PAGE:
A team of archaeologists began in September 2020 to search for a mortuary temple on the west bank of Luxor in Egypt. But what they found was much more than expected. In early April 2021, renowned Egyptologist Zahi Hawass announced that he had unearthed a 3,000-year-old metropolis called Aten, the lost golden city of Egypt.
The discovery of the entire city that was lost in the sands of Egypt is hailed as one of the most significant archaeological finds since Tutankhamun’s tomb.
The Egyptologist claimed the find was the largest ancient city ever discovered in Egypt.
According to reports, the ancient city dates from the reign of Amenhotep III, who reigned from 1391 to 1353 BC. AD, and was one of the most powerful pharaohs of Egypt.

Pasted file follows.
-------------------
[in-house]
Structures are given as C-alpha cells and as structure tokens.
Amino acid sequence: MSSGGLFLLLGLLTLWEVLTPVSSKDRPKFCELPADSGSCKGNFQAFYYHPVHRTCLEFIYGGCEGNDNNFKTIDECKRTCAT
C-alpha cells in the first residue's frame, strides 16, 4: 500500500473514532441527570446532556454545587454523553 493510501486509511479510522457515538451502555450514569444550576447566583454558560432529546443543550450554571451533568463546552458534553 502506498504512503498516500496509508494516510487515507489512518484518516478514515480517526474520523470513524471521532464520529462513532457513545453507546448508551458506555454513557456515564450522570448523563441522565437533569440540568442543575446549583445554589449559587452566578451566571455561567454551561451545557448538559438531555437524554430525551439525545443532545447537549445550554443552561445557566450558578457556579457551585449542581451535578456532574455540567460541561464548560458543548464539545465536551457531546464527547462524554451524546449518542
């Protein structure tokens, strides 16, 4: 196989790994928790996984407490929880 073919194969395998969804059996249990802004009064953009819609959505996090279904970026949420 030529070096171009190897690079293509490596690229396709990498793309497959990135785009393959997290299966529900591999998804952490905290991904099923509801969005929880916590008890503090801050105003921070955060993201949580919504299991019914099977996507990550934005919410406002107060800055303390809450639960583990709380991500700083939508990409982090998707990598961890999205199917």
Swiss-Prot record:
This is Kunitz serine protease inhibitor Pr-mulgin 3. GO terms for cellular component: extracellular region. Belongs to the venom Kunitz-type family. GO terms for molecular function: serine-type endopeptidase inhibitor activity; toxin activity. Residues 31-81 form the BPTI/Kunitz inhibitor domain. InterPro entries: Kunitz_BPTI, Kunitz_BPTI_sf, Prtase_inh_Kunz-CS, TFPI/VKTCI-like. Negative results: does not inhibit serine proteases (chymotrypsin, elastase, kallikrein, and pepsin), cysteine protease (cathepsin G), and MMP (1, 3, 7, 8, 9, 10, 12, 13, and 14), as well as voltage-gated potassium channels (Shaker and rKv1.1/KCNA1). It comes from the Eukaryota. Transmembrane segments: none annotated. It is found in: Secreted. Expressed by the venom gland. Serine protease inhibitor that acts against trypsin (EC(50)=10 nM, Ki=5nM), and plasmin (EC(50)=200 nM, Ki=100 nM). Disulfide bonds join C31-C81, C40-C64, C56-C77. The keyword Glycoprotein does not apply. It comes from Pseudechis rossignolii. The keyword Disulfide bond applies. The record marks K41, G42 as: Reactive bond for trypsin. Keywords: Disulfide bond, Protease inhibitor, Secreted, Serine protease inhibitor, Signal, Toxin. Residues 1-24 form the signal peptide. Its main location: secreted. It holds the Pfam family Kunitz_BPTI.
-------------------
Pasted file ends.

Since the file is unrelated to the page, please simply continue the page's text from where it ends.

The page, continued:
Referring to this, Professor of Egyptology at Johns Hopkins University in Baltimore, USA, Betsy Brian said that the discovery of this lost city is the second most important archaeological discovery since the tomb of Tutankhamun. She added that the city will give us a rare glimpse into the life of ancient Egyptians when the empire was at its wealthiest.
Reports say the excavations revealed a number of valuable archaeological finds, such as colorful pottery, jewelry, mud bricks bearing seals of Amenhotep III, and scarab amulets.
Reports say the team has started digging on the west bank of Luxor near the Valley of the Kings, about 500 km south of the capital Cairo. Referring to this, Hawass informed that within a few weeks they discovered mud brick formations that appeared in all directions.
He informed: “What they unearthed was the site of a large city in a good state of preservation, with walls almost complete and rooms filled with the tools of daily life.” After that, several neighborhoods were also discovered, including an administrative quarter, a bakery, and a residential area.
He also added that other archaeological work is underway at the site and his team expects to uncover intact tombs filled with treasures.